Saturday, December 17, 2011

Stuff I Never Posted

Season's Greetings everyone! I haven't been too active here lately, so I thought I'd shake off my blog paralysis with some blasts from the recent past, some stuff I never posted. All the way from August, this was a white gazpacho: lemon cucumber, fennel, garlic, white onion, celery and blanched almonds. Seasoned with salt and white pepper and topped with smoked paprika and basil oil, it was very summery and refreshing, but I prefer tomato gazpacho.

From not quite so long ago, this was the main course I made for our Thanksgiving dinner. We were at my bro's house, and I brought these along for our vegan dinner. My niece, who's vegetarian ate them too. What are they you ask? 

Why, they're cashew, leek, and mushroom stacks of course. These were inspired by a recipe from a vegetarian cafe I worked at back in 03/04. The base is sprouted bread crumbs and cashews sauteed with garlic, onion, and herbs. The filling is the part I tweaked. I don't remember exactly what went into the filling at the restaurant, but I made this one by blending tofu, white miso, ume vinegar, nutritional yeast, lemon juice and some mushroom powder. The powder I made by grinding up some dried forest mushrooms; it imparted a great umami flavor, but a little goes a long way.  Then I stirred in some sauteed crimini and maitake mushrooms, shallots, and parsley to the tofu mix, and topped off the stacks with sherry-braised leeks and raw cranberries.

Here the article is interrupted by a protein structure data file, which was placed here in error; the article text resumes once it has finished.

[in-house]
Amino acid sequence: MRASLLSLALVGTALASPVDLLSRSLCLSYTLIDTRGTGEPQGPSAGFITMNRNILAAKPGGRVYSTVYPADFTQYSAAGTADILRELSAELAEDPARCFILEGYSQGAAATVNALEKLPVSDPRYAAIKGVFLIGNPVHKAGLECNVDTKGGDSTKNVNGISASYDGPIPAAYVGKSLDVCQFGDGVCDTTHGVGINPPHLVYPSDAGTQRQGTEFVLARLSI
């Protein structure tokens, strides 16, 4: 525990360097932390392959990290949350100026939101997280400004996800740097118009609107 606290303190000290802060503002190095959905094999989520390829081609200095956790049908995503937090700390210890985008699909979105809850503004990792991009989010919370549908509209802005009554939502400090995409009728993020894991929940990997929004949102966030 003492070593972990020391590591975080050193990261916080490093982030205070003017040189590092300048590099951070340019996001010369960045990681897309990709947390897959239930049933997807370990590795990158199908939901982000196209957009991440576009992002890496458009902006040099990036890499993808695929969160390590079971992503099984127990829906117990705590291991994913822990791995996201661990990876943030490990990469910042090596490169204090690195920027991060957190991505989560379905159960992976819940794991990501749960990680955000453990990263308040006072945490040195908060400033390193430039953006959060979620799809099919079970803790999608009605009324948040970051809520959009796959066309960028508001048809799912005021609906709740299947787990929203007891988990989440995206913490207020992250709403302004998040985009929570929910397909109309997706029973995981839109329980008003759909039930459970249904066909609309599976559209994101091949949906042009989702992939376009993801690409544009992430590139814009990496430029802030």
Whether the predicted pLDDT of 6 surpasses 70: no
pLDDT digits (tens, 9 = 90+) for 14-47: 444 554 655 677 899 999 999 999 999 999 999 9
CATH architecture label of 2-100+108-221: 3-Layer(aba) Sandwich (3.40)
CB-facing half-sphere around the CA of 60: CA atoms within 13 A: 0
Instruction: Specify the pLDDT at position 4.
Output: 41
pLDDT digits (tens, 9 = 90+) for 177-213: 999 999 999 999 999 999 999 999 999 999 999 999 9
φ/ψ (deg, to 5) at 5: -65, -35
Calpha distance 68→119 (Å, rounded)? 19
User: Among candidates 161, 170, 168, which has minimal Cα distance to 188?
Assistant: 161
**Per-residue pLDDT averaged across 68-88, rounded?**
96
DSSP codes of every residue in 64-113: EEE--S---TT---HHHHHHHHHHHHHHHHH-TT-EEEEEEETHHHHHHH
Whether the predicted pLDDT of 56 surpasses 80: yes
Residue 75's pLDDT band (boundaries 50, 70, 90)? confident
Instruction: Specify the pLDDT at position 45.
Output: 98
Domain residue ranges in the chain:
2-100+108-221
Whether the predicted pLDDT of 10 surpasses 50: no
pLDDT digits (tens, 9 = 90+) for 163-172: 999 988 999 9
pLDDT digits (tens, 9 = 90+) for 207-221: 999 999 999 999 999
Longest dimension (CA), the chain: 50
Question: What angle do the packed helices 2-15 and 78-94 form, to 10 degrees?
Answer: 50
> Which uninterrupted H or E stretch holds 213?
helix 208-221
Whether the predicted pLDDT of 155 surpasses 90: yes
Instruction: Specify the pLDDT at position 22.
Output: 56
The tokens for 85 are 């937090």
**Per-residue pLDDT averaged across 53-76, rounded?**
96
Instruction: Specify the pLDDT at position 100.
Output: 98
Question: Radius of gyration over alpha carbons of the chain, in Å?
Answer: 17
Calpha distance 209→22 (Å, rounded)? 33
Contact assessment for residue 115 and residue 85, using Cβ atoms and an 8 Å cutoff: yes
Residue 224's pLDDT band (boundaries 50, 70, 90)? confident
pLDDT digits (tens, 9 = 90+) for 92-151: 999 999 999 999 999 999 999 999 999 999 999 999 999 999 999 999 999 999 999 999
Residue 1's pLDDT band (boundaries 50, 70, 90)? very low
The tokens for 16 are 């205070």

Once the cashew crust, tofu, and toppings were layered in these nifty open-bottom molds, they went into a 350 F oven for about 30 minutes. The cranberries cooked down, and once out of the oven, garnished with some ground hazelnuts or walnuts, these make a flavorful and festive little main course.